drawing of front garden showing how much space is needed for a car to park and the access space needed around it.

The problem this now creates for the owner, is that the space is all paving and not much space for planting.

How to create impact in a small border:

Front gardens are by definition urban. The space is surrounded by straight lines, walls, pavements, paving and fences, and all are solid and immovable objects. And it’s this you can use to your advantage. Whatever is planted in the border needs to say ‘look at me instead!’ To do this you need something that opposes immobility – so choose plants that move in the breeze, wobbly grasses, tall stately flowers and soft textures all will be noticeable. Then add colour, but add colour as a really big block.

Front garden planting ideas
designing front gardens – planting ideas

Choosing materials for the driveway:

Twenty years ago, most of us would not have given a second thought to the materials used; but today we must. All hard landscaping, paving, tarmac, resin-bonded stone is impermeable, the rain runs off the surface. Climate change has forced us to consider where it runs too. Flash flooding is an issue in urban areas, rainfall is becoming heavier and more intense. The choice of materials used is important. When considering the drive, remember it’s only the wheels of the car that needs a solid surface, so you could be a little more creative.

How to stop passers-by looking in the windows:

We all do this don’t we, wander along the street and stare into peoples windows (some to admire their own reflections though), but on the whole humans are a nosey bunch! To thwart the ‘sneaky-peekers’ there are two simple weapons in your armoury, the first is to create the ‘look at me’ instead border. The second key weapon when designing front gardens is strategic planting.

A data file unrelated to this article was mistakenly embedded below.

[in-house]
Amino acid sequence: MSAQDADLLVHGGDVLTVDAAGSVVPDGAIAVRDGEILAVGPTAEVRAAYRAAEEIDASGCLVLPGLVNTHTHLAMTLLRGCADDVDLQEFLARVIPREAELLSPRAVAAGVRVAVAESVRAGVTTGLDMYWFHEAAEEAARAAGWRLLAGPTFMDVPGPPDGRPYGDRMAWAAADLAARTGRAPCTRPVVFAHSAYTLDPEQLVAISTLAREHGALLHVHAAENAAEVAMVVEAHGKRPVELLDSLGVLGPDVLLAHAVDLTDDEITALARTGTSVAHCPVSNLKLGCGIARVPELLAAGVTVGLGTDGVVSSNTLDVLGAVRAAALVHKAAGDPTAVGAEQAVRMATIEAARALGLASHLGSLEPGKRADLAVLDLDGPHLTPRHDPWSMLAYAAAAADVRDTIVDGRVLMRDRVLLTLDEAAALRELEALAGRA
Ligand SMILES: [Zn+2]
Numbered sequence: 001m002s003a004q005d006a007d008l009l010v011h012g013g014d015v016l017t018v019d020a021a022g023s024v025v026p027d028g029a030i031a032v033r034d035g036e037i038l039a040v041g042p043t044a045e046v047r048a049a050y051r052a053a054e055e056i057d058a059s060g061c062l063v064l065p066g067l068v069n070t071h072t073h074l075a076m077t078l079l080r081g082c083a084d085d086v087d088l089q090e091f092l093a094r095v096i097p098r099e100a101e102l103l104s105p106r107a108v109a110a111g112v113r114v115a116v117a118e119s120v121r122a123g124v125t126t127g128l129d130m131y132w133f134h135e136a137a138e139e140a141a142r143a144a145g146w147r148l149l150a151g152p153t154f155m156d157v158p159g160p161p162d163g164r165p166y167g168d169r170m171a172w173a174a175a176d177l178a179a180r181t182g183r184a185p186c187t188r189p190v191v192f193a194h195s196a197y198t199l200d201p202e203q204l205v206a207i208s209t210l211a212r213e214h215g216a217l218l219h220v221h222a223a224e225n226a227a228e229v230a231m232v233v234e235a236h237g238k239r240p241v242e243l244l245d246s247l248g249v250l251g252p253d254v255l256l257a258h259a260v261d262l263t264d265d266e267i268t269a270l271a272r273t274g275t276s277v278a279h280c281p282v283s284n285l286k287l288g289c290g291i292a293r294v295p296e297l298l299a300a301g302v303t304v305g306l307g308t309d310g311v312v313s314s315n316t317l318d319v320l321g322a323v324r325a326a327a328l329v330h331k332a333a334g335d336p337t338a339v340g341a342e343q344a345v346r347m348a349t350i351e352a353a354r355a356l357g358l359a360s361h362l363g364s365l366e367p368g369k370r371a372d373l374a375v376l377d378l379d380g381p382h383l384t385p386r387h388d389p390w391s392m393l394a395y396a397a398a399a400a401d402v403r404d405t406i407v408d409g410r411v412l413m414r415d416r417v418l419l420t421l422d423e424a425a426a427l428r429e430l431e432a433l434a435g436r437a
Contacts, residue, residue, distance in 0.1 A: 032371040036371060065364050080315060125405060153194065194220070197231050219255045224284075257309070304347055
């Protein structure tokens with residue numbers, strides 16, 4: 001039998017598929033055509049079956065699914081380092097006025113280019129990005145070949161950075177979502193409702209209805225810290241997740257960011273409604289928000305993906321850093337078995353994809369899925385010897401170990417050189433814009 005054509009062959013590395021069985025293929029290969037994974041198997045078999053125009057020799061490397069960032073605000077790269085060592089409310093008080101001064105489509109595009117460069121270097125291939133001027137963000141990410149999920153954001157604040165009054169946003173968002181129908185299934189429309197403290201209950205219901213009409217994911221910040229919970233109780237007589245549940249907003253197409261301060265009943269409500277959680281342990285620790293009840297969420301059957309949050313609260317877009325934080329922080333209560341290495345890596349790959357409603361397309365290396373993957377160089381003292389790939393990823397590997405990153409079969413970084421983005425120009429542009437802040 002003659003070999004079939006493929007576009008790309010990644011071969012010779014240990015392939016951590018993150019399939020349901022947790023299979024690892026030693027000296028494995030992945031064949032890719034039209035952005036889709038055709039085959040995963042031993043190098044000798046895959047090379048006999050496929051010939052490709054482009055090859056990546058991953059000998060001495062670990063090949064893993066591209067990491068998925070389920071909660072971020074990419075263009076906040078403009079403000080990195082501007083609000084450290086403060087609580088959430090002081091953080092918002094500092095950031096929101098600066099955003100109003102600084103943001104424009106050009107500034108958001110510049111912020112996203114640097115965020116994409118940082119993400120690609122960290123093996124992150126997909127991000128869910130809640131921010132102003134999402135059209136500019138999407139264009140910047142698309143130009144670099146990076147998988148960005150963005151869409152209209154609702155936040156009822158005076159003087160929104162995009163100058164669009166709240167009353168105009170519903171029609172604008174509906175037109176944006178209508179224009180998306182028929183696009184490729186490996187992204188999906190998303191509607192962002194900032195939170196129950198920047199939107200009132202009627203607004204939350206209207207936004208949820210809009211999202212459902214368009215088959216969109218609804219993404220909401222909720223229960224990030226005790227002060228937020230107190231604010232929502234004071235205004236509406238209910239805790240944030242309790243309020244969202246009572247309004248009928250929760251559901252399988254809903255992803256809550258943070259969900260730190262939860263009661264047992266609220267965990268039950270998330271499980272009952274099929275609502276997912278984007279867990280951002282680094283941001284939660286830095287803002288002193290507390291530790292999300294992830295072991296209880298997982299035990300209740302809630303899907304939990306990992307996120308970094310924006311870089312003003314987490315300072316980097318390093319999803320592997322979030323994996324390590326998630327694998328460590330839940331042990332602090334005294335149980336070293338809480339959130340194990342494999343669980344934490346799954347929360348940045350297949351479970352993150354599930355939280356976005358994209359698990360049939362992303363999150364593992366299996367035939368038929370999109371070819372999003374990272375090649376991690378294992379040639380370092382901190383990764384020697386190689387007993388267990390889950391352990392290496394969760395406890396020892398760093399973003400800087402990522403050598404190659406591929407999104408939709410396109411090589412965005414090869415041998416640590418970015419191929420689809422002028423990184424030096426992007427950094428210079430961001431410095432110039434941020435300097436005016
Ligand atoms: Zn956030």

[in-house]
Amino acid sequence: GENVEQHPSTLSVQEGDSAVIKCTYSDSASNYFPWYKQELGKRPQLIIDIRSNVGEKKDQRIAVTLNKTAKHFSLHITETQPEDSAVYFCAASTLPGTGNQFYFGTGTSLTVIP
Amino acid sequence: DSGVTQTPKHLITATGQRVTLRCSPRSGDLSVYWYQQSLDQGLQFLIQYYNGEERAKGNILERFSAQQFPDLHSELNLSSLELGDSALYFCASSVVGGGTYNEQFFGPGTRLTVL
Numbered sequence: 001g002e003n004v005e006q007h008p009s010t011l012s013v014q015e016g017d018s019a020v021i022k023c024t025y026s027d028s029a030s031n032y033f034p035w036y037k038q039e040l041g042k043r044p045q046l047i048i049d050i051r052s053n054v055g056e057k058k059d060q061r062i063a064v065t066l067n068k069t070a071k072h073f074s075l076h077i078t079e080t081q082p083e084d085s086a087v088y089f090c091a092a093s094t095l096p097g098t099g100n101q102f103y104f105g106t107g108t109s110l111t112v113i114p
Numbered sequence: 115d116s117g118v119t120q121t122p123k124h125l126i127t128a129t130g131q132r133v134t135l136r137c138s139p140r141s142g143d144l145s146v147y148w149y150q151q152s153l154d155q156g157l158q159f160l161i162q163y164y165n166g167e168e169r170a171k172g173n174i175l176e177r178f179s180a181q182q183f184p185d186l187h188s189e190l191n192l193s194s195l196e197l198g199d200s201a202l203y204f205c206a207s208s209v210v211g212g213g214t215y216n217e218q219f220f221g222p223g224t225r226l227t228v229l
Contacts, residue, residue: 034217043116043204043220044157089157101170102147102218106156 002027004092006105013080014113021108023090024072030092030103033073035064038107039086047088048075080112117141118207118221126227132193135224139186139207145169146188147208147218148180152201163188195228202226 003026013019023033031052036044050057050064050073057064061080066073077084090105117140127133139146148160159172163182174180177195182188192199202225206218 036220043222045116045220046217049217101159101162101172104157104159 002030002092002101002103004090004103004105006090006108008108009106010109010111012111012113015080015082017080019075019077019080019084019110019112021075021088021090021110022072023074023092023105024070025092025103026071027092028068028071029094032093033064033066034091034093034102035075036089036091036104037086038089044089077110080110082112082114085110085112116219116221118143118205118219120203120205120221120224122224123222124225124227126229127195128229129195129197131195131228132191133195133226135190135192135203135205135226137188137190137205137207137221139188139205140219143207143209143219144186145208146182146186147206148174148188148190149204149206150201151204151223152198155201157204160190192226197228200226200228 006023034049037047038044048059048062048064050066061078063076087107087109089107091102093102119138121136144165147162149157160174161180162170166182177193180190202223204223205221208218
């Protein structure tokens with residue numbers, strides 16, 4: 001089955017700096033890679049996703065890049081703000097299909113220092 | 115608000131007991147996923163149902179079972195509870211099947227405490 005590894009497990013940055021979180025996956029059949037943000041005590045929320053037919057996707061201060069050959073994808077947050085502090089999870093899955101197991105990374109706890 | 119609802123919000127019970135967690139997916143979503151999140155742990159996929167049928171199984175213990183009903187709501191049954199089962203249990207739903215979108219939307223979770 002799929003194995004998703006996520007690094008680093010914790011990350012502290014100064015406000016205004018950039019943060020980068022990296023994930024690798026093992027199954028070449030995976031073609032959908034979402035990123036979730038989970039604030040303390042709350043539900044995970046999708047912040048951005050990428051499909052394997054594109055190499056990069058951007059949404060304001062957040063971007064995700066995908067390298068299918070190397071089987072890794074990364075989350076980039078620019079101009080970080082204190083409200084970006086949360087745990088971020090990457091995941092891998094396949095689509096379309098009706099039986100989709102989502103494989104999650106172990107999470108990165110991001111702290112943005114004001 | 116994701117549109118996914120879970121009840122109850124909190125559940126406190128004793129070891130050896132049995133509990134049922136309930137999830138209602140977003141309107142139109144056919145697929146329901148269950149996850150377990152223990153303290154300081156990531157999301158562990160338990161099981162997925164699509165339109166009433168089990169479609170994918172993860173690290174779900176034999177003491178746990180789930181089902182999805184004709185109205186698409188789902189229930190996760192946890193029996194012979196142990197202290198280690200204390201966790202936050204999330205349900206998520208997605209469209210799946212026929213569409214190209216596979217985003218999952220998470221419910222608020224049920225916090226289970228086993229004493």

In both these images, the owners have tried to make their garden more private; the problem is that all the owner sees is a big green wall. In addition, the hedge itself prevents much from being able actually to grow in the garden either as it sucks up nutrients, absorbs the light and creates a rain shadow. It makes the garden feel smaller too.

Earlier on in the article I spoke about the front garden not being a miniature version of the back garden, planting a hedge on the boundaries is an example when this happens. Because the space is not a garden that is going to be sat in or walked round, it doesn’t need a open centre. This then liberates the whole space and allows for a strategic placement of a really lovely plant that will stop passers-by looking in because they are looking at something lovely instead.

designing front gardens a well designed front garden, simple easy care with specimen tree
Simple, easy to look after, attractive to look at from the pavement as well as from indoors out!

So there you have it, designing front gardens made a bit simpler (I hope). But just in case you are still a bit stuck… why not visit our design shop for planting ideas for the garden or look at our amazing book ‘I Want to Like my Garden‘. Or you can email me: rachel@plantplots.com or check out some of the garden designs we have created for your customers.

  • Garden Border Planting Design Plan tall soft planting purple flowers
  • Garden Border Planting Design Plan low planting scheme in orange and purple
  • Garden Border Planting Design Plan easy care doft planting scheme neutral colours
  • Garden Border Planting Design Plan tall big plants in purple and pink
  • Garden Border Planting Design Plan easy care planting scheme in purple
  • Garden Border Planting Design Plan soft planting style white flowers
  • Garden Border Planting Design Plan scented green flowers
  • Garden Border Planting Design Plan big plants in purple
  • Garden Border Planting Design Plan soft planting scheme in purple and pink
  • Garden Border Planting Design Plan unusual black and cream plants